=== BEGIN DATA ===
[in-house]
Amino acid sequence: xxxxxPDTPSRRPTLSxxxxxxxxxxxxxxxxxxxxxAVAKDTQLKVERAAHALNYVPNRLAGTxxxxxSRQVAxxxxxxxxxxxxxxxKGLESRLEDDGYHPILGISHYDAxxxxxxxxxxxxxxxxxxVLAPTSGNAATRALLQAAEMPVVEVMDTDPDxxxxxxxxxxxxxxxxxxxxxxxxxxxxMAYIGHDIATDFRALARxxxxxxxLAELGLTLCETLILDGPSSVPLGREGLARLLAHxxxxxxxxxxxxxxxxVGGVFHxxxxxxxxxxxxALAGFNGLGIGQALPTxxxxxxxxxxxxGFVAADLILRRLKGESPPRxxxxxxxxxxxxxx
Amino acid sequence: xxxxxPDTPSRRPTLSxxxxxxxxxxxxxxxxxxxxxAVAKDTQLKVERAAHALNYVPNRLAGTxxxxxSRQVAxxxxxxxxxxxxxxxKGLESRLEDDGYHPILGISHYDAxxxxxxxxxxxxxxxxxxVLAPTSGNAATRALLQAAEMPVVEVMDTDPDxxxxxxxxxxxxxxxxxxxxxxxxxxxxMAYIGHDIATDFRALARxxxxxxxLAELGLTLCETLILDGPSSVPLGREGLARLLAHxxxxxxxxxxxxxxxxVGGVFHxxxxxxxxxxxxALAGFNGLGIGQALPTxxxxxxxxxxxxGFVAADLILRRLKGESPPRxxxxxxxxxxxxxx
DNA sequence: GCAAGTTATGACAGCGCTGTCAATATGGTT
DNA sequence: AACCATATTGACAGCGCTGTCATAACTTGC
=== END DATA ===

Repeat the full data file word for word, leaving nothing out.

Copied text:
[in-house]
Amino acid sequence: xxxxxPDTPSRRPTLSxxxxxxxxxxxxxxxxxxxxxAVAKDTQLKVERAAHALNYVPNRLAGTxxxxxSRQVAxxxxxxxxxxxxxxxKGLESRLEDDGYHPILGISHYDAxxxxxxxxxxxxxxxxxxVLAPTSGNAATRALLQAAEMPVVEVMDTDPDxxxxxxxxxxxxxxxxxxxxxxxxxxxxMAYIGHDIATDFRALARxxxxxxxLAELGLTLCETLILDGPSSVPLGREGLARLLAHxxxxxxxxxxxxxxxxVGGVFHxxxxxxxxxxxxALAGFNGLGIGQALPTxxxxxxxxxxxxGFVAADLILRRLKGESPPRxxxxxxxxxxxxxx
Amino acid sequence: xxxxxPDTPSRRPTLSxxxxxxxxxxxxxxxxxxxxxAVAKDTQLKVERAAHALNYVPNRLAGTxxxxxSRQVAxxxxxxxxxxxxxxxKGLESRLEDDGYHPILGISHYDAxxxxxxxxxxxxxxxxxxVLAPTSGNAATRALLQAAEMPVVEVMDTDPDxxxxxxxxxxxxxxxxxxxxxxxxxxxxMAYIGHDIATDFRALARxxxxxxxLAELGLTLCETLILDGPSSVPLGREGLARLLAHxxxxxxxxxxxxxxxxVGGVFHxxxxxxxxxxxxALAGFNGLGIGQALPTxxxxxxxxxxxxGFVAADLILRRLKGESPPRxxxxxxxxxxxxxx
DNA sequence: GCAAGTTATGACAGCGCTGTCAATATGGTT
DNA sequence: AACCATATTGACAGCGCTGTCATAACTTGC